- 54% of climbers were between 31 and 40 years of age
- 22% of climbers obtained a medical check prior to climbing
- 80% of climbers obtained all recommended vaccinations, immunizations and medications
- 67% of climbers obtained travel insurance
- July was the most popular month for climbing Kilimanjaro
- 45% chose 6 day routes; 31% chose 7 day routes; 10% chose 9 day routes
- 45% climbed Machame; 20% climbed Marangu; 16% climbed Lemosho
- Only 6% of climbers hiked to Kibo Crater
- 84% of climbers reached Uhuru Point
The most surprising figure is that 84% of the respondents reached the summit, while it is widely cited that the overall summit success rate is about 50%. However, there are a few possible explanations of the rather high success rate for survey respondents. First, keep in mind that park statistics reflect that the Machame Route is slightly more popular than Marangu Route, but the respondents overwhelmingly chose Machame over Marangu (45% vs. 20%). Also, only 10% did a 5 or less day climb. The lack of respondents using Marangu and 5 or less day climbs would improve the survey’s summit success percentages tremendously.
A good percentage of people who attempt Kilimanjaro have absolutely no hiking, backpacking or high altitude experience. But the respondents on the cited forums are typically serious backpackers, independent travelers and mountaineers, all of whom have an advantage on Kilimanjaro versus their less experienced counterparts. Finally, respondents are also likely to be people who succeeded on the mountain and had a good time doing it.
Posted on Mar 12, 2008 under Medical |
Beginning on January 21, 2008, Kilimanjaro Airport reinstated health surveillance desks to enforce the Yellow Fever certificate requirement. All passengers entering from at risk areas must have been vaccinated. This includes passengers flying through Nairobi, even if they do not leave the airport.
It appears that the Tanzanian government is phasing in the certificate requirement and being somewhat lenient for now. But eventually, the certificate will be required for all passengers entering Tanzania, whether or not they are arriving from an infected area.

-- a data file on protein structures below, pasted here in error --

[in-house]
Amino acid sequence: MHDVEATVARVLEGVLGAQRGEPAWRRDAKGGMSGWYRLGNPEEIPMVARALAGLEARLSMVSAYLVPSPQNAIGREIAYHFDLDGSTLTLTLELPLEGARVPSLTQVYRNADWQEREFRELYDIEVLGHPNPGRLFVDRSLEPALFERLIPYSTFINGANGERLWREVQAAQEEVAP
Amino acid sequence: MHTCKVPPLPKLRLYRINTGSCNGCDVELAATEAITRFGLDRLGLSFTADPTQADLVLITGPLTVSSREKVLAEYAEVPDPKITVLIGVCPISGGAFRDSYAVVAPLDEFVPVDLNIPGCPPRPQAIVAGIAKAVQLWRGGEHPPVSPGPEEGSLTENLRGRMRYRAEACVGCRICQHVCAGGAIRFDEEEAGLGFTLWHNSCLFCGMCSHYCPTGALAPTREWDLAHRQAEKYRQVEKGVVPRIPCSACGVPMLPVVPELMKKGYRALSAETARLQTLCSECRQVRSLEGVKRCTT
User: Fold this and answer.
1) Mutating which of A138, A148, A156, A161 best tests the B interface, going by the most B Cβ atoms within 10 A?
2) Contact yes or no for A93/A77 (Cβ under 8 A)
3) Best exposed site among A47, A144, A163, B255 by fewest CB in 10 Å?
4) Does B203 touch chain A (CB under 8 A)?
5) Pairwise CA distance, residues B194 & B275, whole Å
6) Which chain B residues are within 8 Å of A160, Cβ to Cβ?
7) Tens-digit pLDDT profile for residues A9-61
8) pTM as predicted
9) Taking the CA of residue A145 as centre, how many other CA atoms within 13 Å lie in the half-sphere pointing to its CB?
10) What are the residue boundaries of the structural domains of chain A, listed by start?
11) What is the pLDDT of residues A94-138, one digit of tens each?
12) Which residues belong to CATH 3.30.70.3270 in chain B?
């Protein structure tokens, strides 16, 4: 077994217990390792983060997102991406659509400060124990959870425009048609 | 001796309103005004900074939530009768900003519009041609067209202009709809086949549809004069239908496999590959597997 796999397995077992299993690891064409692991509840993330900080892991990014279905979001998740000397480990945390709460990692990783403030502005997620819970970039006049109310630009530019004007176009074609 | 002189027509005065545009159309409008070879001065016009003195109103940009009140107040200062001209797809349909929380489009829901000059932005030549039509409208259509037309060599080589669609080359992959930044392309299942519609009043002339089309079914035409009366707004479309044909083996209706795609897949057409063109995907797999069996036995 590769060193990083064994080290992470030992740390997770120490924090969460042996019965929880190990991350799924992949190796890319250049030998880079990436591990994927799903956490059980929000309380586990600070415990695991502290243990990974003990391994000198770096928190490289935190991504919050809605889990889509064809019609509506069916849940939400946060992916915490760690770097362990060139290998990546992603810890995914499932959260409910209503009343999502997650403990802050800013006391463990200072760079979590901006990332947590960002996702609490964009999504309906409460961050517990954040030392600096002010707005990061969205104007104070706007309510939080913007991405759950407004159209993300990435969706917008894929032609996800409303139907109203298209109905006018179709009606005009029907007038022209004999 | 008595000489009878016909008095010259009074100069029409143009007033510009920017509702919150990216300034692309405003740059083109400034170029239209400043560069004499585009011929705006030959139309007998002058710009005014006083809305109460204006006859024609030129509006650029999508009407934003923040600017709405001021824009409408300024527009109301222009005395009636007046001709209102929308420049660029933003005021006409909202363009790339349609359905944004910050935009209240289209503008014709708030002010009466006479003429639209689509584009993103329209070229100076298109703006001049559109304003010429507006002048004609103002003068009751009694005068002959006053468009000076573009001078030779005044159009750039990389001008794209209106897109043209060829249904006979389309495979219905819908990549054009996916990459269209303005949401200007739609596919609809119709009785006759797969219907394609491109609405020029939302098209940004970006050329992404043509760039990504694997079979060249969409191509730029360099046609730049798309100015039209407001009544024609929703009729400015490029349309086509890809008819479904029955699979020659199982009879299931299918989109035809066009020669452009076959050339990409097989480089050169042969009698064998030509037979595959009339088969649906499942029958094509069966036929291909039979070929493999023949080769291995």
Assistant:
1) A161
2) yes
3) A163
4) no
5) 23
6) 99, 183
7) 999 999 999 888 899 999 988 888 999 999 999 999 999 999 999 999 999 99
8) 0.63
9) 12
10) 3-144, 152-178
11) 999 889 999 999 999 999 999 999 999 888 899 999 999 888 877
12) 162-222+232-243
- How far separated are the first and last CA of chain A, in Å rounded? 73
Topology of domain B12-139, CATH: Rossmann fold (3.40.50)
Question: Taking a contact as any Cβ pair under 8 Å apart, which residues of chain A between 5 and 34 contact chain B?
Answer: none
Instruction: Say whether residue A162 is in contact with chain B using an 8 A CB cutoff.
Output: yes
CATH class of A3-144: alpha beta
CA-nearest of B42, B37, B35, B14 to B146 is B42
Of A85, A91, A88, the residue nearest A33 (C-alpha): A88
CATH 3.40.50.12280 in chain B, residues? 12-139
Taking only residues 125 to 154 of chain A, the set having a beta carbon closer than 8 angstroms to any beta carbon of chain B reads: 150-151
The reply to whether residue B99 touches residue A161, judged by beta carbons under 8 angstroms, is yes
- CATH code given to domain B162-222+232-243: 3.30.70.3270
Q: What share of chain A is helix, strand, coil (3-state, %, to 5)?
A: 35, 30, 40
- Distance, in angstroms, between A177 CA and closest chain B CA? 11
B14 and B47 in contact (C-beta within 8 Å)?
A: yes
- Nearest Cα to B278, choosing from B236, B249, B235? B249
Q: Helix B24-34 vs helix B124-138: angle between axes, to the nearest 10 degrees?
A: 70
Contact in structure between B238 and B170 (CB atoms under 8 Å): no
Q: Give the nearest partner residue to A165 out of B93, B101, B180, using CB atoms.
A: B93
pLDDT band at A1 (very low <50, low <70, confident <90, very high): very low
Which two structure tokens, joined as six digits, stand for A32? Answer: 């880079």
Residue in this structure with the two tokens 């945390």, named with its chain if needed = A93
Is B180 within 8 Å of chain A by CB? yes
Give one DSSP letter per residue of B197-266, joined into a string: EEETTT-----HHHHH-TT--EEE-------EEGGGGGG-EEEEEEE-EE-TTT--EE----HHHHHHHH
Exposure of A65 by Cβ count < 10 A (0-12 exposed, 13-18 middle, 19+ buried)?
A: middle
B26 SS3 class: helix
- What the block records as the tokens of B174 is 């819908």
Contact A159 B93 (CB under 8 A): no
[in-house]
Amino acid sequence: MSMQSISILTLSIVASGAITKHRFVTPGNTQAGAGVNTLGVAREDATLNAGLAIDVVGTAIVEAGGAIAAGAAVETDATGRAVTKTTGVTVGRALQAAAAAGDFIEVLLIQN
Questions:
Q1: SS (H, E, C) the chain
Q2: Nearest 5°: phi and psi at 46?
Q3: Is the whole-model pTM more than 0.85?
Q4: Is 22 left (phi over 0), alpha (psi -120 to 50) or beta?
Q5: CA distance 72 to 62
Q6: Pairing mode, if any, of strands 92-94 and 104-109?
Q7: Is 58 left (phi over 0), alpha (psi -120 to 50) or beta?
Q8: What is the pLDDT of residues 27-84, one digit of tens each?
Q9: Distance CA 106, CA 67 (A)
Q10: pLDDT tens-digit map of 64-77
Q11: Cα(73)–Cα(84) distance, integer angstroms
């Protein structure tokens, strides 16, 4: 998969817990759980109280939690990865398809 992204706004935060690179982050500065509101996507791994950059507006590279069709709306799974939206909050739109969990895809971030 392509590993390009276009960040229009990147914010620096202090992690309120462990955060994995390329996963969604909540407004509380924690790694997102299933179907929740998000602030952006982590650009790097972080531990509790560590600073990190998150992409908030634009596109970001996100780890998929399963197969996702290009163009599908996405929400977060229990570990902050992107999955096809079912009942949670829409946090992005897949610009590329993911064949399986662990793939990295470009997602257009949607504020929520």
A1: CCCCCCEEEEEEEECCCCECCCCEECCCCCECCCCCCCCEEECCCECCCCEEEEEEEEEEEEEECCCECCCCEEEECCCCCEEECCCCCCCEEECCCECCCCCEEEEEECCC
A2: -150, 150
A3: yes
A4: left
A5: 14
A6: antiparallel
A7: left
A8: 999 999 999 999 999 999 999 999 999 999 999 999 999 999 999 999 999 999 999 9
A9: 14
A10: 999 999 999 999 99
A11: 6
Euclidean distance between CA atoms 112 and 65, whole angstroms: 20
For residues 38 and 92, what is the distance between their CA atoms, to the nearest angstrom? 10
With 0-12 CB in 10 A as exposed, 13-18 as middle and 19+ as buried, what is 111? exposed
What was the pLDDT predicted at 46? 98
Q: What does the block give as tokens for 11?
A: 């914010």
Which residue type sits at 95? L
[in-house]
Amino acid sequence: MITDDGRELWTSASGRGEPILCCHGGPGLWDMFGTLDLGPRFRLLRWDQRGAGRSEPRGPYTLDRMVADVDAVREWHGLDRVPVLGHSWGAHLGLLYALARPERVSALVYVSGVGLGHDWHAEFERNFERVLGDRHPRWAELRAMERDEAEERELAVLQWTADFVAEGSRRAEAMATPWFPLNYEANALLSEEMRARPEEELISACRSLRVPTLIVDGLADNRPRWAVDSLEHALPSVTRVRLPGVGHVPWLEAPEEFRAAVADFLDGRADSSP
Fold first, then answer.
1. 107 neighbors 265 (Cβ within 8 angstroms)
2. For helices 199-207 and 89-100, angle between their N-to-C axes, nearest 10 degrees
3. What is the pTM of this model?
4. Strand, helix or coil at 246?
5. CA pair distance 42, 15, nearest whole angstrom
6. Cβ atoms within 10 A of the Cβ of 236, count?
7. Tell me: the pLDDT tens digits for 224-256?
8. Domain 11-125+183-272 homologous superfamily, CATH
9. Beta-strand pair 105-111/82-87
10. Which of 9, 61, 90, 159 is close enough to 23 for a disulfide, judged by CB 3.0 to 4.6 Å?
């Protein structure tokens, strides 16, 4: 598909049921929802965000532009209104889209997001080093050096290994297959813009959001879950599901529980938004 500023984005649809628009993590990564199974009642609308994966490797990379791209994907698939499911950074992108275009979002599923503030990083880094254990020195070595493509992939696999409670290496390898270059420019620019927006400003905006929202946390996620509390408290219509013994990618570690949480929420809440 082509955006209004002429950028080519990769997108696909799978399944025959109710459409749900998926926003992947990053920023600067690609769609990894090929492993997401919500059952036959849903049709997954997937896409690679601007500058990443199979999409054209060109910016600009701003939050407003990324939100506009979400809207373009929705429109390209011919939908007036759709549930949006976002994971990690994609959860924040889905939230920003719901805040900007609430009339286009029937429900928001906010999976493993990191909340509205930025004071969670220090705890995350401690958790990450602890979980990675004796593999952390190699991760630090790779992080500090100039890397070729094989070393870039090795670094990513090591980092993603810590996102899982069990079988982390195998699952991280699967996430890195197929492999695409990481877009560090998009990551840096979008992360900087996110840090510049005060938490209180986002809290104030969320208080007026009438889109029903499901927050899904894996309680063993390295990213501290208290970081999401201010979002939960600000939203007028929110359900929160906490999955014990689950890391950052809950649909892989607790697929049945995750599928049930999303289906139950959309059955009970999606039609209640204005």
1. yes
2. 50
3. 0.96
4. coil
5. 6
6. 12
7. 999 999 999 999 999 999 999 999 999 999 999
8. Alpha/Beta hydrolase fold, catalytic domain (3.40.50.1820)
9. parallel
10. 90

Tanzania itself is an infected area, and Yellow Fever is no joke. So you should get the vaccination regardless. It needs to be in the body 10 days before it is 100% effective and is good for 10 years. This is a good brochure on Yellow Fever by the US Center for Disease Control.
Yellow Fever Information
Posted on Feb 15, 2008 under Diamox, Medical |
There is no evidence that Diamox (acetzolamide) masks AMS. It is approved by the FDA as a means of preventing and/or treating AMS. Therefore if you FEEL better while on Diamox, you ARE better.
To adapt to altitude, one needs to breathe more frequently during ascent to make up for the thinning air. What Diamox does is it increases the respiratory rate, speeding up acclimatization. The manufacturer of Diamox states that in their tests, “pulmonary function (e.g., minute ventilation, expired vital capacity, and peak flow) is greater in the acetazolamide treated group, both in subjects with AMS and asymptomatic subjects. The acetazolamide treated climbers also had less difficulty sleeping.”
What the manufacturer recommends it that it be used as a preventative measure, where you would take it 24-28 hours prior to rapid ascent, and throughout your climb (until descent). But some use it as a treatment, taking it only when symptoms of AMS arise.
Most people ignore this advice, but if one plans to possibly use Diamox on the climb, it is important that he/she should take a dosage for a day or two while in the comfort of their home to see what the effects are. There are some side effects (tingling hands, increased urination, hearing loss, taste loss, upset stomach, vomiting, confusion) to taking the drug, so one should be sure their body doesn’t have an adverse reaction before getting on the mountain with it. As you can see, some of those side effects can easily be confused with AMS.
Diamox is used for other purposes, like treating glaucoma, epilepsy and fluid retention. So who knows what else these chemicals may be doing to the body besides “increasing pulmonary function.” One should not take a drug without considering all the consequences, whether good or bad. And that’s why I neither recommend it nor do I discourage it… it’s up to the climber, based on their beliefs and hopefully based on information.